By Maegan Clearwood
A recent altercation between two Washington College students ignited controversy regarding how such incidents should be addressed and the prevalence of sexual discrimination on campus.
Verbal assaults regarding freshman Charlie Glowacki’s role as a homosexual teenager in the play, “Spring Awakening” ignited the conflict, and many question how the administration handled the situation.
Glowacki was suspended immediately following the incident. His was unable to participate in “Spring Awakening,” and his role had to be recast the opening week of the show.
“I was really frustrated at first with the situation, because I was suspended solely on the fact that I wielded a lacrosse stick in self defense,” Glowacki said. “According to school policy, if I had only used my fists, I would still have been able to be in the play because I didn’t use a weapon. The part that disgusted me was that I was the only one with any evidence of physical injuries. The school officials and Public Safety officers saw the injuries and the absence of any physical injuries on [the other student] and still proceeded in my immediate suspension because they had to follow the policy.”
According to Director of Public Safety Jerry Roderick, the situation was dealt with no differently than others of its kind. “We have to look at how to ensure the safety of students involved,” Roderick said. “There are conditions laid down for one or the other or both as to how they are going to remain on campus.”
Senior Jory Peele, director of “Spring Awakening,” faced serious challenges following Glowacki’s suspension, and felt that incident could have been handled differently.
“I feel like there was too quick of a snap decision made that had a negative effect on other people as opposed to only those directly involved in the fight,” Peele said. “I think Charlie should have been allowed to continue with the play and stay on campus, but with a little more of a watchful eye. He shouldn’t have been punished before an official hearing. To remove him from campus and the play was a snap decision that ended up negatively affecting a large amount of people. There was no thought process of how it would affect a wider range of people.”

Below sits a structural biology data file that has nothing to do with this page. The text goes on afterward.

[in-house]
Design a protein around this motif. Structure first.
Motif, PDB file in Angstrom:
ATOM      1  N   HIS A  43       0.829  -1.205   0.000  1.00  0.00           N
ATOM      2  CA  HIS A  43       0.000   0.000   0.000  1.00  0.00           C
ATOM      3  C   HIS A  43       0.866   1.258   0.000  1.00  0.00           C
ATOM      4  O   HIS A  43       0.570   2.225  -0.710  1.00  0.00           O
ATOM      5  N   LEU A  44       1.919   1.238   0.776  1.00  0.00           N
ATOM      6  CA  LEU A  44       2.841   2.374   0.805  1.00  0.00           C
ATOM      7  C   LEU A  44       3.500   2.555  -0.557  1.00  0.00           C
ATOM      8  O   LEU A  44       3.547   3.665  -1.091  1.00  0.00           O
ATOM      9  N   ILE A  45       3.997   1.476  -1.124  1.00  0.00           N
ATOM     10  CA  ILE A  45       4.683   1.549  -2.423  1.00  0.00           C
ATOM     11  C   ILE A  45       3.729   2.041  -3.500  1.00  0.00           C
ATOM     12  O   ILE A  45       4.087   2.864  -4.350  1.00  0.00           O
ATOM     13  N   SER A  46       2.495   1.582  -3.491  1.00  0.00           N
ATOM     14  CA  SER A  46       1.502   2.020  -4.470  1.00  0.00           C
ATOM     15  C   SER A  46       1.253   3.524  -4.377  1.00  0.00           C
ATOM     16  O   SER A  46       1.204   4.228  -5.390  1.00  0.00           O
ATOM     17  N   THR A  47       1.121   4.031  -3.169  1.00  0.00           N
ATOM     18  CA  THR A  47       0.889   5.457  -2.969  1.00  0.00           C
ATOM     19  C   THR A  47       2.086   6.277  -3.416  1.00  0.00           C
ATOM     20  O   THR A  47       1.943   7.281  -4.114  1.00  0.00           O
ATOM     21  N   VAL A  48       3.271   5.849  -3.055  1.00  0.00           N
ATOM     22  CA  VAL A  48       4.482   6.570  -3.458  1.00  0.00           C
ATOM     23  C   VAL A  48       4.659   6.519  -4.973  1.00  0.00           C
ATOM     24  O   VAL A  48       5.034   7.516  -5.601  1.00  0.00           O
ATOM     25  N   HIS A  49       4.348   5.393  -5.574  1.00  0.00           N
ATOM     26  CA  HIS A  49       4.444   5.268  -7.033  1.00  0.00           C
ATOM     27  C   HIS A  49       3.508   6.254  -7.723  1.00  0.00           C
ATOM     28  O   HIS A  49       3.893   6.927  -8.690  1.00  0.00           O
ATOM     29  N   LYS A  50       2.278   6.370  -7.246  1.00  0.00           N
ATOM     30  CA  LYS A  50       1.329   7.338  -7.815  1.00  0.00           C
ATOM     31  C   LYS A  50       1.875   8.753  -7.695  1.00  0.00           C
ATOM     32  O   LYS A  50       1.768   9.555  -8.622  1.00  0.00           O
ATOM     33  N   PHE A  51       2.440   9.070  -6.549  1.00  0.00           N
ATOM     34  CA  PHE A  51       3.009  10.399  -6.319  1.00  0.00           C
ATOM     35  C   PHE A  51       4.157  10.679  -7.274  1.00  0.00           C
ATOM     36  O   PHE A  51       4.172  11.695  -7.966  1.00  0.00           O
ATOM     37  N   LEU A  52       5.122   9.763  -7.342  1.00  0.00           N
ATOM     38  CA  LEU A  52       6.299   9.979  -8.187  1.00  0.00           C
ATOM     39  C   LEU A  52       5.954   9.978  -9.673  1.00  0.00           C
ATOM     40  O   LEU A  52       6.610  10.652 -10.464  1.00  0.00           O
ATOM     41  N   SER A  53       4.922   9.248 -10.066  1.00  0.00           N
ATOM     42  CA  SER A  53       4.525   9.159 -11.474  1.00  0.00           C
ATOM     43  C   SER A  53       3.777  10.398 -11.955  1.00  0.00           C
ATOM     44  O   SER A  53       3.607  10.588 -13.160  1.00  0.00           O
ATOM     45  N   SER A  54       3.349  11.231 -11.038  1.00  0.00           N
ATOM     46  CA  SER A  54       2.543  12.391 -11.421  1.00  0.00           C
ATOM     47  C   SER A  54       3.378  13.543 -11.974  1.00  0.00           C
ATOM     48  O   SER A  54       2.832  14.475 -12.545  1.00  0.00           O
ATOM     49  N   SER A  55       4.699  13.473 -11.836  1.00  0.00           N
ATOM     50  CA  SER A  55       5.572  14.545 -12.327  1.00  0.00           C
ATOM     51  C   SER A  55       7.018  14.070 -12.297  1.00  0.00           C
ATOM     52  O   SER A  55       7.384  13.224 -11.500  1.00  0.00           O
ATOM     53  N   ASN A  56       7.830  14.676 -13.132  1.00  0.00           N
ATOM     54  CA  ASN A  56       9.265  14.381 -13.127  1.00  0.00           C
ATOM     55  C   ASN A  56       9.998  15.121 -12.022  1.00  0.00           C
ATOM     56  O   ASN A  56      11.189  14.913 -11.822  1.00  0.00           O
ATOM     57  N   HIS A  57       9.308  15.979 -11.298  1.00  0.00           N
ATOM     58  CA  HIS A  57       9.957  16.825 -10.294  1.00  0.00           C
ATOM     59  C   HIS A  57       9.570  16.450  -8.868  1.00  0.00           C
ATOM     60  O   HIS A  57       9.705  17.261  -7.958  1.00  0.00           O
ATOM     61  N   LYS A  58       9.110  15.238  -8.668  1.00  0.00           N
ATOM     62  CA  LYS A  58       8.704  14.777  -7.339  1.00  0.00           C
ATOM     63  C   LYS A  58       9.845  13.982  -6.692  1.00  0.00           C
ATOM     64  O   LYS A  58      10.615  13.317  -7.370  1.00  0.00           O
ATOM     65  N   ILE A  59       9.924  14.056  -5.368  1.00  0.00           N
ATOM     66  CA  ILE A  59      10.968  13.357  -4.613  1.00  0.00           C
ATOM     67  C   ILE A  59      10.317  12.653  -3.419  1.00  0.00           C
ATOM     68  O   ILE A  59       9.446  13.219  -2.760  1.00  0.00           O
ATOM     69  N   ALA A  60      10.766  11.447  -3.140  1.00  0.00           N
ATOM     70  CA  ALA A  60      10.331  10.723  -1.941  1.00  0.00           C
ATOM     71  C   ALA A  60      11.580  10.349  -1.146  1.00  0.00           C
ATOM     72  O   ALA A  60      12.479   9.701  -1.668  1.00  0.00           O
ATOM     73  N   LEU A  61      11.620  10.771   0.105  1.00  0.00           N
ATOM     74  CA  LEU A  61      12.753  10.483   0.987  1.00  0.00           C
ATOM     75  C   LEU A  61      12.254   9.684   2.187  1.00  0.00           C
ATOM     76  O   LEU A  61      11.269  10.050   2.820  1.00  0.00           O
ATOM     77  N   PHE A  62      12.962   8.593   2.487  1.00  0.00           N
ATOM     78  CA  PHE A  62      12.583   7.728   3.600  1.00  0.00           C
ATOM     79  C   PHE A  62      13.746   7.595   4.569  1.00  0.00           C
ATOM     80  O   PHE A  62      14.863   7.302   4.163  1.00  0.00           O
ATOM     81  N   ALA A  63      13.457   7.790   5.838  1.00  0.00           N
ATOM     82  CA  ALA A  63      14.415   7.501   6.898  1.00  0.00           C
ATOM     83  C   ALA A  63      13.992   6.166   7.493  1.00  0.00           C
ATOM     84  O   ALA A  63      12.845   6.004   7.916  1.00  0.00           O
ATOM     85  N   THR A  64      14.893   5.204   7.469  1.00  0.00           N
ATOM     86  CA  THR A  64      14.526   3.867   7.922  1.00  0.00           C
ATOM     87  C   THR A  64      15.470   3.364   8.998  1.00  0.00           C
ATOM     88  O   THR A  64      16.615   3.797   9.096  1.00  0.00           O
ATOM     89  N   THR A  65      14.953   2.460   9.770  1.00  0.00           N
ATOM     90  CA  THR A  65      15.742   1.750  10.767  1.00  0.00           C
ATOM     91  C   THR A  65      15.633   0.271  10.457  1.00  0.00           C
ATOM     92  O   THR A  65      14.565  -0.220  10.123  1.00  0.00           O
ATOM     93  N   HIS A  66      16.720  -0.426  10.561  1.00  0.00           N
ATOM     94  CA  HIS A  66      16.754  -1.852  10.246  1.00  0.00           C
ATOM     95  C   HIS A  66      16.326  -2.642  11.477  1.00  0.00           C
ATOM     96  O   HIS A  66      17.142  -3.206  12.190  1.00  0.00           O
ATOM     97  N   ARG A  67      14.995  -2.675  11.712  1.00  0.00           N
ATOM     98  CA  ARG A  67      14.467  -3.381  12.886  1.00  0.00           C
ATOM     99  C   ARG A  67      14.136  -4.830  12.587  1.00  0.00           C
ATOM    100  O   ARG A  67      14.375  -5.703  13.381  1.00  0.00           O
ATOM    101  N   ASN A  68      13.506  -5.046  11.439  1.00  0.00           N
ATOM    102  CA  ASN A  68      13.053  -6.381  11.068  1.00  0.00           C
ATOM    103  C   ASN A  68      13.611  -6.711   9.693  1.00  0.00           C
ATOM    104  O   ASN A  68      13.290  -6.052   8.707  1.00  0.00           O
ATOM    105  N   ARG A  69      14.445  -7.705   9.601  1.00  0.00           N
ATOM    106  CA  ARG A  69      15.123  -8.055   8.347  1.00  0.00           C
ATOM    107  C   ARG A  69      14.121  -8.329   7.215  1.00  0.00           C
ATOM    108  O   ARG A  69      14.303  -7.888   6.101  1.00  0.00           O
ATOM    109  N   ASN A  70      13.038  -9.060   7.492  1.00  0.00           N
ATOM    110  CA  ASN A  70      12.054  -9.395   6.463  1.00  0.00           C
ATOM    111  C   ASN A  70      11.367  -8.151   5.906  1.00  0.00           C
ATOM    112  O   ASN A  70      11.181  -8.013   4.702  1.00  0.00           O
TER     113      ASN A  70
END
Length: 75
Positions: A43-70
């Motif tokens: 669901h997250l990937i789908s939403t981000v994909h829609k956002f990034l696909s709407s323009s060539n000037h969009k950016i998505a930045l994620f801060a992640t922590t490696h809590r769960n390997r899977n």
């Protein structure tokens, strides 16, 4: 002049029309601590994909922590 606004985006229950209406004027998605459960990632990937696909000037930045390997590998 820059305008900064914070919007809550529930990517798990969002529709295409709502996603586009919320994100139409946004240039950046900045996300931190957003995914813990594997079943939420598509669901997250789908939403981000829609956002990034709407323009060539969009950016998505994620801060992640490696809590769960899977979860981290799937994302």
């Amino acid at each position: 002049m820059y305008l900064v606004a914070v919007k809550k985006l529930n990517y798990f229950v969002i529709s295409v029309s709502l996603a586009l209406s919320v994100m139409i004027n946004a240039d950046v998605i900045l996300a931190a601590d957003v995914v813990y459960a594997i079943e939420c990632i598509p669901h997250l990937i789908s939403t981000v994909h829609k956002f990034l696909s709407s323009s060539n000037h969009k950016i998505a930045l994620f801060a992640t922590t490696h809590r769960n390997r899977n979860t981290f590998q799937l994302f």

Freshman cast member Taylor Goss, on the other hand, felt that the administration dealt with the incident appropriately.
“I feel the situation was handled well,” Goss said. “Charlie needed to get off campus because he attacked someone with a weapon. It was probably good to get him off campus for a few days because, if for no other reason, I think the other student and his friends might have come after him for revenge. For Charlie’s own safety, it was for its own good.”
According to Roderick, the assault occurred on March 20 at 7 p.m. outside of Wicomico. Chestertown police were notified of the incident and called Public Safety to investigate.
“On the investigation, we were notified of what had occurred,” said Roderick. “When the confrontation started outside the building, it resulted in a fist fight, which was short lived. One student returned back into the building a short time later, and came out with a lacrosse stick handle in his hand and another confrontation ensued at that point.”
Public Safety officers spoke to witnesses, then forwarded the report to student affairs. According to Roderick, “alcohol was a factor with both parties.”
Although the physical altercation had serious consequences, it was what sparked the confrontation that was controversial.
“Apparently, the two students knew each other and there had been some exchange of words throughout the day between the two,” said Roderick. “During the evening, there was a confrontation between the two which led to physical confrontation. The one student was active in preparing for a role in a play. The character in the play is what sparked some of the comments from the other student. There were some sexually biased comments that were used and escalated to conflict.”
Cast members struggled with the sudden absence of their fellow actor, and had to readjust in order to prepare for the performance. Peele found out about Glowacki’s suspension the Monday before the show, and had to work quickly and recast the role.